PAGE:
Sue Your Employer for the Actions of a Non-Employee
In some situations, someone who is not employed by your company harasses you. This can be a customer or third party worker, potentially a significant other of your boss. Harassment can be physical, sexual, or emotional. Although not all circumstances will warrant a lawsuit, an employment lawyer can help determine what your legal options are.
When the employee complains to the employer, it is the responsibility of the employer to solve the problem or make a change that protects the employee from the harassment. If the company fails to take these measures, the employer may be liable for the non-employee’s actions. This can be especially awkward when the person causing the harassment is allegedly the boss’s significant other. If you are fired for reporting harassment, recognize this action as possible retaliation for pursuing your employee rights.
Examples of Non-Employee Liability Problems
Manuel, a graphic designer, met the company owner’s new girlfriend when he found her going through his desk drawers. She asked him why he didn’t just go back from where he came from because she could do his job better. Manuel alerted his manager to the racist interaction, but the manager shrugged it off. Two weeks later, when the girlfriend defaced one of Manuel’s projects, he respectfully asked why she was at the office if she wasn’t an employee. She threatened to have his “Latino ass” fired. Productivity in the office lagged as the girlfriend antagonized other employees. Manuel filed a complaint of hostile work environment, and then he was terminated for the reason of “poor quality work.”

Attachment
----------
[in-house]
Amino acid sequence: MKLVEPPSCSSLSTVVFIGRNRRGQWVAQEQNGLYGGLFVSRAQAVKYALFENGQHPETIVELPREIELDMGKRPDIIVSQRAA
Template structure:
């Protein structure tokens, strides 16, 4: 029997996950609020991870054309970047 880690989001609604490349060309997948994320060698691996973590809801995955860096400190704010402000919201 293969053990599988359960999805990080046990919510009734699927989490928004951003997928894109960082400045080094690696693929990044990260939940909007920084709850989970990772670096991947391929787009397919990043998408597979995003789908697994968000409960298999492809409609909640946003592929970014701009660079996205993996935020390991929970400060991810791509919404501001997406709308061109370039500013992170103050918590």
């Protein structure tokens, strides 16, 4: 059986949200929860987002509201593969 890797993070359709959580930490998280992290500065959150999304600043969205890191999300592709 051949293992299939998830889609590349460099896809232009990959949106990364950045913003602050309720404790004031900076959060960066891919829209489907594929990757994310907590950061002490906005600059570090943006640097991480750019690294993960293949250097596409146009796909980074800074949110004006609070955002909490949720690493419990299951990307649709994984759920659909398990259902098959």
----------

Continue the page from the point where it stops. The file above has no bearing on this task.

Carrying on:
Oliver, a flight attendant, welcomed passengers onto a flight. One man ogled him and made an inappropriate comment about Oliver’s sexuality. Later, that same man slapped Oliver’s butt as he walked through the aisles, closing overhead bins. Oliver complained hostile environment to his employer.
Lucy waits on tables at a well-known chain restaurant. Every Thursday, the same customer comes in and sits in her section. He speaks sexually to her and promises to tip her well if she performs various sexual acts. Lucy reported the behavior to her manager and requested that another waiter serve the man. But, she’s not switched out. When she finds the customer waiting for her after a shift, Lucy contacted Human Resources. Nothing was done. Fearing for her safety, Lucy contacted a lawyer and filed a lawsuit.
Consult a Lawyer Today
Determining whether or not your situation will hold up in the court of law can be a complicated process. An employment lawyer studies each situation through the lens of employment law, recognizing violations of employee rights. Consult a lawyer to discover your legal options.
Don’t hesitate, talk to an attorney: (412) 626-5626 or email@example.com.